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Foxhunters love to travel! If you have a good travel story, share it with FHL. Click on How to Submit.

Cheltenham Week -- On the Inside

cheltenhamSteeplechasing is hugely popular in England, and the Cheltenham Festival equates to our Triple Crown, Breeder’s Cup, and Gold Cup all rolled into one. So when I spoke with George Wagner, who runs Horse Racing Trips Worldwide in Ontario and takes groups to the great races of the world, I latched onto Cheltenham as the trip for foxhunters.

"Sixty thousand racing fans come for championship week at Cheltenham, half of whom are Irish!" says Wagner.

Now if that isn’t a recipe for a good time, I don’t know what is.

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The Traveling Foxhunter

Sport is in full swing across North America now, and foxhunters are on the move—visiting friends in other hunts, seeking new experiences, attending hunt weeks in distant hunting countries, and responding to long-standing invitations.

Long ago, I learned the hard way that a travel checklist is a must. So here are my personal checklists—one for me and one for my horse—that I print out fresh before every trip. Using them won’t guarantee an incident-free trip, as I once discovered after leaving all my tack behind in the stable driveway. But barring such stupidity on your part, they will go a long way in assuring that you have what you need when you get there!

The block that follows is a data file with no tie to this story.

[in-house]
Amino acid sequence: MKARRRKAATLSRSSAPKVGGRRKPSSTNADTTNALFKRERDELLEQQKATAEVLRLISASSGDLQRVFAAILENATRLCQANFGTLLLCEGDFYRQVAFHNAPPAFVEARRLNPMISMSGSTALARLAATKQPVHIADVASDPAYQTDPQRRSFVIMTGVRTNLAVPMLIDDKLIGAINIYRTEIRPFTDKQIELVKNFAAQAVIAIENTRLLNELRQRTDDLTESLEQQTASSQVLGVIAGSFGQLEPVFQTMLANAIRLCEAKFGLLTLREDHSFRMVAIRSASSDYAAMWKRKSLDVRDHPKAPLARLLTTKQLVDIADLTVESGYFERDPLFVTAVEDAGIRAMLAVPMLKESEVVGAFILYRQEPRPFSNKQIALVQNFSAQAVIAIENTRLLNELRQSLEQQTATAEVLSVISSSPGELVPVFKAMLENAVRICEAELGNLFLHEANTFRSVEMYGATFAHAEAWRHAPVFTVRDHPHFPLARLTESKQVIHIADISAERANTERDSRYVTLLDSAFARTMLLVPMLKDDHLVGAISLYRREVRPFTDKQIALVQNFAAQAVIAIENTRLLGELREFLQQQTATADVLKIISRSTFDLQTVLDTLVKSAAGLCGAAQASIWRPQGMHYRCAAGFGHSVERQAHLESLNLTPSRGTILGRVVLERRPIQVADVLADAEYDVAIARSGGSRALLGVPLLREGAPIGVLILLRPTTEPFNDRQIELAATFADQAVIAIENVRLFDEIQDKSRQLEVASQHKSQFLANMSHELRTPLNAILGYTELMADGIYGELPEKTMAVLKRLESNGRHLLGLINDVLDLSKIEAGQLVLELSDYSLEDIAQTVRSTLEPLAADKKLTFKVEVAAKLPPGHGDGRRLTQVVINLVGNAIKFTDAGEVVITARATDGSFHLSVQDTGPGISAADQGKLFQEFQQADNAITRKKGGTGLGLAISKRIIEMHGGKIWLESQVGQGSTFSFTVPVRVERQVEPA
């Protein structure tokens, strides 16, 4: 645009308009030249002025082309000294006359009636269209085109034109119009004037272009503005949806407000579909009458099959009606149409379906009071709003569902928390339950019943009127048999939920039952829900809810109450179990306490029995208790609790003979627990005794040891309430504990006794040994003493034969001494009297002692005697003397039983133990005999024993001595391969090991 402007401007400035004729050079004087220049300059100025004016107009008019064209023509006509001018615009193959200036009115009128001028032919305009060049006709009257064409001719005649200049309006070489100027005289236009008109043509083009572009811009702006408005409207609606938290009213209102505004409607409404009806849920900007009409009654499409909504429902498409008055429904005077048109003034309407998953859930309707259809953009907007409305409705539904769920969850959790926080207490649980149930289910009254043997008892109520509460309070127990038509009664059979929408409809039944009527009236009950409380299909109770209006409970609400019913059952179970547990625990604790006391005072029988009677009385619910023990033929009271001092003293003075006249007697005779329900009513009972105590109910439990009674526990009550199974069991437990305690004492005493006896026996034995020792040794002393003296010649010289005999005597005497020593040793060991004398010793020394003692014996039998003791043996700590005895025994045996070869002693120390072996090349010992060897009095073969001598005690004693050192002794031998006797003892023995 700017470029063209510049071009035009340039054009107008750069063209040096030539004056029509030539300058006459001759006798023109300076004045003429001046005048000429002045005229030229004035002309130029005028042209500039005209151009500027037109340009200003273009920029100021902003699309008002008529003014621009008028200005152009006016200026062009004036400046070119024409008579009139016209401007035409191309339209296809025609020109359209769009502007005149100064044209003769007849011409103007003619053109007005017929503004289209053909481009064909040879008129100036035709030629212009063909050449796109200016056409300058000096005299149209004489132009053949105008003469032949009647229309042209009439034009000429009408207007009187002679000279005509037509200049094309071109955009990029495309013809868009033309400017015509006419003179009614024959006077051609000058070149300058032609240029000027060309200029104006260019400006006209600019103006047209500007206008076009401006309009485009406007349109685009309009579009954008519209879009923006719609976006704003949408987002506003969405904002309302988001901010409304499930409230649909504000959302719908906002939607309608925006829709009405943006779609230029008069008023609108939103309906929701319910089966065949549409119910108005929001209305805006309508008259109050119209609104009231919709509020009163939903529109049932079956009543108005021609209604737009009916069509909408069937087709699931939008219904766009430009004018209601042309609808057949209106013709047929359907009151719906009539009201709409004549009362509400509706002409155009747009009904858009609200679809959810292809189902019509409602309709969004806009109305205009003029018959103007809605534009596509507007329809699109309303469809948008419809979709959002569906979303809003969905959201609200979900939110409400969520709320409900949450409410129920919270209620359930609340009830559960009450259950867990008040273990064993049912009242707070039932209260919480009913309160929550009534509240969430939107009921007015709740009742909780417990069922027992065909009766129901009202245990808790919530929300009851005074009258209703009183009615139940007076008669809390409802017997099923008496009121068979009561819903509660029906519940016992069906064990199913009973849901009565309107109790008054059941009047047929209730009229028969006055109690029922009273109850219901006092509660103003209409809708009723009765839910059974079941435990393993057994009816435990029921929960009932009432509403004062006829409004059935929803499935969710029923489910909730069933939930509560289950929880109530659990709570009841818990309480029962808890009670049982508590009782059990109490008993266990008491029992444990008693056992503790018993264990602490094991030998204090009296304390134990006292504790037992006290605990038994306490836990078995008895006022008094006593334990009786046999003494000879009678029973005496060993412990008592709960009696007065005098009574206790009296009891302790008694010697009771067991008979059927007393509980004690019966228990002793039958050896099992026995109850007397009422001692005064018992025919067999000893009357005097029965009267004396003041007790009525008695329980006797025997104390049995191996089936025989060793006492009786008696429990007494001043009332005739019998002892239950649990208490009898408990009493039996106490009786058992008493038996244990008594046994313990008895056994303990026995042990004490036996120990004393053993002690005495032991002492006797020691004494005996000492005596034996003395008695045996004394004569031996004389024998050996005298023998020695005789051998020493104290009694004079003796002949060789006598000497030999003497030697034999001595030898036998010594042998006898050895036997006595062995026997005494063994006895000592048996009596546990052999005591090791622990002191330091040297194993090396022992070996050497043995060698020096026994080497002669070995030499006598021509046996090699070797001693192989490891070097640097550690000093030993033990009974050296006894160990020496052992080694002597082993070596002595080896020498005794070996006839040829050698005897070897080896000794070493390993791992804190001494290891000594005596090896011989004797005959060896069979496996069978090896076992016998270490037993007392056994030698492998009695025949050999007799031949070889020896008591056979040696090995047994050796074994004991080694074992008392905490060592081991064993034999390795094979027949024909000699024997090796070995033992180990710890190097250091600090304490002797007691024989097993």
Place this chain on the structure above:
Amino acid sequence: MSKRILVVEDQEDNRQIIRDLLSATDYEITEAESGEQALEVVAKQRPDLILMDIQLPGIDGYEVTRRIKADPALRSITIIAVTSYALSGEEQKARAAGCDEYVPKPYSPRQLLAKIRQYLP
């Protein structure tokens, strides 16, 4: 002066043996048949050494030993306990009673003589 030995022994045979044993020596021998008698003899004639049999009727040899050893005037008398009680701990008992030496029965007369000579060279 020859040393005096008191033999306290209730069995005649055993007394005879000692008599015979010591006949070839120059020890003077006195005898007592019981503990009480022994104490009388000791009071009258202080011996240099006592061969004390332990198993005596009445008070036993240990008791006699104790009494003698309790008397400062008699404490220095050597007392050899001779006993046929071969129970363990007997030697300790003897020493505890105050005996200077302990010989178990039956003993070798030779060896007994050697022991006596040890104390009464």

Go to the Resources drop-down menu, and click on Checklist under the Travel category. Print the lists for yourself and check off as you pack. Let us know what’s missing, so we can add it for the next traveling foxhunter.

A Visitor's View

Cubbing with the BSV 2010It was an unrivalled invitation: to spend two months hunting in the United States with Anne McIntosh, MFH of the Blue Ridge Hunt (VA). As a hunting-mad Brit who’d grown up with the West Country packs of my native Somerset, I was intrigued to learn about the tradition of the sport on the other side of the pond.

Coming over to help with Anne’s horses, I took particular interest in the type and manners of what I would usually call hunters, soon learning they were called field hunters stateside. What struck me was their condition. A sunny American summer was as evident in the bloom on these horses’ coats as in the suntans on their riders! The fact that the majority of these horses also live out throughout the hunting season (which would be impossible with our muddy British winters) I think contributed to their impeccable manners and relaxed temperaments.

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The Golden Age of Hunting?

henry alken.the finishThe Finish by Henry Alken

Foxhunters often evoke the nineteenth century as the belle-époque of English foxhunting. This may have to do with the extensive documentation provided by the famous artists and writers of the time. The efforts of Nimrod, Alken, and friends immortalized an age of rollicking runs across open countryside, dashing horsemen and women, and fine stout foxes flying across hill and dale.

Whilst The Golden Age as it is known has long since provided a benchmark of foxhunting excellence and excitement, we note that today’s foxhunters are blessed with some decided advantages.

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